thought, movement, or space. 19 The freedom to move across borders, access accommodation or food, and many others represent the most straightforward living necessity: survival. 20 All people deserve and require dignity-giving and justice-doing. But, again, the parallel to family well-being work is apparent. The capabilities and wisdom of people, including parents, family members, and communities, have always been present; the freedoms, acknowledgments, and spaces created to welcome those capabilities and allow families to utilize them have not. Therefore we are mistaken to view the poor as failing in acting on their capabilities. Instead, it is our failure to guarantee the freedom to live their good life. Money in this society is a critical measure of liberty, and widening economic inequality is the measure of widening disparities of freedom. A system built not to contain, therapeutically or otherwise, not to manage, measurably or otherwise, but instead to invest in people, bolstered by investment in the communities that welcome and hold them, would yield a significantly different result. Instead of his container, an investment in Raif and his belonging to a community would leave him standing in a very different place. A share of the various public dollars used to surveil and restrict Raif's freedoms as a child and to this day would measurably increase his freedoms and broaden his possibilities rather than confine him. Raif has a heart big enough to swallow a room. Yet, Raif's superpower is not seen or welcomed in the formal system. A community could embrace Raif and his superpowers. Instead, in his own words, government programs and services made him into a file and defined his life in terms of negative statistics. Embodied capabilities, sometimes nurtured from years of suffering and languishing in care systems, are a source of power at the individual and community levels. Instead of focusing on 'brokenness,' we focus on what to build instead. We must recognize that the embodied capability, and even recognition of it, is not the challenge. Raif's self-acknowledged skill of demolishing things with exact knowledge and appreciation of what might we build instead is a place of beginning. Communities around the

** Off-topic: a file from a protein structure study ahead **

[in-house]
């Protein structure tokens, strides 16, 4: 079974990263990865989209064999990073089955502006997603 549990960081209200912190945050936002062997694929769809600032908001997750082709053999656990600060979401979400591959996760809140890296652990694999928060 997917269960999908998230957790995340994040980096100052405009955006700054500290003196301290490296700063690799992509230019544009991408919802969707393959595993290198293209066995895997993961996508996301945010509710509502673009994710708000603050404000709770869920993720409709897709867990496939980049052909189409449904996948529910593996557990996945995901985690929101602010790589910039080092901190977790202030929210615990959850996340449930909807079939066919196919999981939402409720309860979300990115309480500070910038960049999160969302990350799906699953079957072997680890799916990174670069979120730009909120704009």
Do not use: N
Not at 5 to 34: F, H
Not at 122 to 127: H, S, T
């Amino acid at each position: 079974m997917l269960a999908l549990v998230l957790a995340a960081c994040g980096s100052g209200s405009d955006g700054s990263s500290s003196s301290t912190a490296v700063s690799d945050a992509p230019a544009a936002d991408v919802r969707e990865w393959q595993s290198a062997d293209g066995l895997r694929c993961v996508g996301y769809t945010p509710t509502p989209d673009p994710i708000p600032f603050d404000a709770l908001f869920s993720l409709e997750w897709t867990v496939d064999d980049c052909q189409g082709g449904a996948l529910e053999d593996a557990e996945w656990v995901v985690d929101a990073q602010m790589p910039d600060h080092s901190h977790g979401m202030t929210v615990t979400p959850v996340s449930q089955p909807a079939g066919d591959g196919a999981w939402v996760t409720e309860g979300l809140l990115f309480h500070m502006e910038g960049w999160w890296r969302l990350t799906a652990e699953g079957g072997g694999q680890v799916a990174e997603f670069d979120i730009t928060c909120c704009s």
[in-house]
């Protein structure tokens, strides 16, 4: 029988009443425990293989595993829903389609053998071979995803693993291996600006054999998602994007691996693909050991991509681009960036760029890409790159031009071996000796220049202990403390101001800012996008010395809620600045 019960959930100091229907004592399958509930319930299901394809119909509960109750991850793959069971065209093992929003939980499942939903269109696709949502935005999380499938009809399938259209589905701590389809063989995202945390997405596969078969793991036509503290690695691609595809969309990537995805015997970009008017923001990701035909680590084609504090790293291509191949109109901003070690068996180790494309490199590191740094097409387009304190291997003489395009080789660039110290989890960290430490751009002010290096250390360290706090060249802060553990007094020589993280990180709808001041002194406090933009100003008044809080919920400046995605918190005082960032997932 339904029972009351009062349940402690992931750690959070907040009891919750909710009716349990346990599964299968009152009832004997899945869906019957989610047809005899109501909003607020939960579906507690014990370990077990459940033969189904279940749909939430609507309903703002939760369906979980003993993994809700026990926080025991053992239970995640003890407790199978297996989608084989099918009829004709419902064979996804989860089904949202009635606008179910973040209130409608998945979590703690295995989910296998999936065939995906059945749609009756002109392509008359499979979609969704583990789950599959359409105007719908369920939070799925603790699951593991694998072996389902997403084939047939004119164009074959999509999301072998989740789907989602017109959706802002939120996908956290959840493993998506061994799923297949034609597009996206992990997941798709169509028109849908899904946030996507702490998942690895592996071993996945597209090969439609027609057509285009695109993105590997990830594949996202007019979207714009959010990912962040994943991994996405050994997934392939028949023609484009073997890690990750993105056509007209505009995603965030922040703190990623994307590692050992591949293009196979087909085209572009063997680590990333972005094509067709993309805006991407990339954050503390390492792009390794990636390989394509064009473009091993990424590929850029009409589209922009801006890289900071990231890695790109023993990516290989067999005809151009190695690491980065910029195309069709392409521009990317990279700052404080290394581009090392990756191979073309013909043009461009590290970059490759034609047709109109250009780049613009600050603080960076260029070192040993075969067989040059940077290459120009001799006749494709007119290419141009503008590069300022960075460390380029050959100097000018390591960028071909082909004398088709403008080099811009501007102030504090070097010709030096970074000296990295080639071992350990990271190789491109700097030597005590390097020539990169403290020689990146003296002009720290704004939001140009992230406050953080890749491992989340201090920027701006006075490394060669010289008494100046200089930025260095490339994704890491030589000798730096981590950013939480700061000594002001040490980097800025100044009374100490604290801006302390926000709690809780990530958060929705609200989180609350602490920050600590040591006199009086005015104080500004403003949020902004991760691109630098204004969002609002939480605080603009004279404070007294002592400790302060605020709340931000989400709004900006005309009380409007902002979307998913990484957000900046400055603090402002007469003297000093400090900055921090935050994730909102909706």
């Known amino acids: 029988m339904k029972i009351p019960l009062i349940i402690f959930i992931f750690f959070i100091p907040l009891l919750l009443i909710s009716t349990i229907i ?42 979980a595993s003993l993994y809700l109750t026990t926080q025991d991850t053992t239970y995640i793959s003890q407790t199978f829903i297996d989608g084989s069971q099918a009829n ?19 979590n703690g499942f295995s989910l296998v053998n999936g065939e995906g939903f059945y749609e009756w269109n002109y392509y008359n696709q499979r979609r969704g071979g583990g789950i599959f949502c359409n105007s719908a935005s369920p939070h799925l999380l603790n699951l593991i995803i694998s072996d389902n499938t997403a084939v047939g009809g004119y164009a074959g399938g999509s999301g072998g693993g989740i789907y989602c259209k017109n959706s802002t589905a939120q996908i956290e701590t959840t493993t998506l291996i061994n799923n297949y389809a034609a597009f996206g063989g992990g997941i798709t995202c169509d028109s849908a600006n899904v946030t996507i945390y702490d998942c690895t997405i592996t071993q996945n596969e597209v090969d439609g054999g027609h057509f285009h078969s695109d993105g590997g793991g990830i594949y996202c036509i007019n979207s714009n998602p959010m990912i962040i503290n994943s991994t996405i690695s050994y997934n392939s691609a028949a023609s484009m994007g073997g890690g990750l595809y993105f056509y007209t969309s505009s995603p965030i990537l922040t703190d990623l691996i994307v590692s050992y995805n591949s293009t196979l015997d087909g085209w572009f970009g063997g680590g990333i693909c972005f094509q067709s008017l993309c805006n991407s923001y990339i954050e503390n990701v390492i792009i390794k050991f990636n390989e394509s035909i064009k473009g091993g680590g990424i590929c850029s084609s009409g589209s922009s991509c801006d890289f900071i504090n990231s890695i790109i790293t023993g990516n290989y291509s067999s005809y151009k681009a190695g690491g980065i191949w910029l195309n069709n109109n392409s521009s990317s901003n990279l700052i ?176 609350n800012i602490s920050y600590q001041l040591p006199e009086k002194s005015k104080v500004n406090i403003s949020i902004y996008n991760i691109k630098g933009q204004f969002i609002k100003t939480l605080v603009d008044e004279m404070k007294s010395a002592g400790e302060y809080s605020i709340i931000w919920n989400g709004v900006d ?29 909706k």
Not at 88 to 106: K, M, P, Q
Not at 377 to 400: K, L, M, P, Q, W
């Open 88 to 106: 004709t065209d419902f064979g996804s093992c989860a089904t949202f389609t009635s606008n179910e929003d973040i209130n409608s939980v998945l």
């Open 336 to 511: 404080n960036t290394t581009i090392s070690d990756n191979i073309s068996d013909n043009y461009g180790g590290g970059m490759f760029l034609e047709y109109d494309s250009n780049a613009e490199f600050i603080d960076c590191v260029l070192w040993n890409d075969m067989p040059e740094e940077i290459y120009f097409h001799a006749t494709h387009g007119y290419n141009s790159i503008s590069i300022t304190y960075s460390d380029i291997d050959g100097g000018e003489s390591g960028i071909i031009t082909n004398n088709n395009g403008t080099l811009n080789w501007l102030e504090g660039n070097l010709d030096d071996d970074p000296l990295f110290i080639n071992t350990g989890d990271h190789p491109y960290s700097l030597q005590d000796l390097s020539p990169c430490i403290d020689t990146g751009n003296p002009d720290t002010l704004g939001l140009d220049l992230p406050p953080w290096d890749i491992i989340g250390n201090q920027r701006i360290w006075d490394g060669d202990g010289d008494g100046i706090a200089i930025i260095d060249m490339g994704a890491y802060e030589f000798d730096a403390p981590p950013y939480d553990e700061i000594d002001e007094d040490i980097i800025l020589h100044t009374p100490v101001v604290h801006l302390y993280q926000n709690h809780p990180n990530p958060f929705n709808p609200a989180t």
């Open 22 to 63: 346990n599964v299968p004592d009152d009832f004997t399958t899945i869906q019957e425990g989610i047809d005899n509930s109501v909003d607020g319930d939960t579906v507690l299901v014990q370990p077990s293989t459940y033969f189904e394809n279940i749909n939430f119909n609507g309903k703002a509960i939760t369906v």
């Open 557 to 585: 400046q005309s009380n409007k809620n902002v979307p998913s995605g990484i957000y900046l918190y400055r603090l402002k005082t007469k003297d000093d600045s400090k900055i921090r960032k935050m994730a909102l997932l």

country can synergize by welcoming individual gifts and embodied wisdom, offering support and freedoms to members to develop their life of meaning rather than production and consumption. From File to Superhero Many have said that history matters; some have warned that those who ignore history are doomed to repeat it. But unfortunately, we are repeating history in present child welfare ‘systems.’ A return to the community- held knowledge of what grows strong people might return us to a biologically consistent, healthy culture. Understanding history begins with acknowledging the truth about history in the welfare state without the vernacular. Next, we restore power to the only vessel that can honorably hold it: the community and the wisdom of the people within it. Through community-driven service, economic support, and policy, community-based support is the way to that restoration. What is the white-hot center of it all of this? As it turns out, Lord Beveridge came to the answer himself in 1968, 20 years after implementing his welfare state design for England. In 1968, the last year of his life, he wrote a new report reflecting what had failed in his ideas. The heart of his previous report was acknowledging his mistake was leaving people and relationships out of his design. Instead, he had focused on delivery, efficiency, and cost containment. There was no invitation to Beveridge for a tour across America or invitation to the White House. Instead, America had launched a new war effort, a war against Beveridge's ideas in his first report, the Five Giants and the poor that embodied them. 21 Understanding the history of the American welfare state since the end of World War II ______________ 19 Hilary Cottam. “The Welfare State: The Fatal Flaw.” Radical Help How We Can Remake the Relationships between the US and Revolutionise the Welfare State , Virago, London, 2019, pp. 201-202. 20 Sen, Amartya Kumar. Development as Freedom . Oxford University Press, 2001. 21 Cottam, Hilary. “The Welfare State: The Fatal Flaw.” Radical Help How We Can Remake the Relationships between the US and Revolutionise the Welfare State , Virago, London, 2019.
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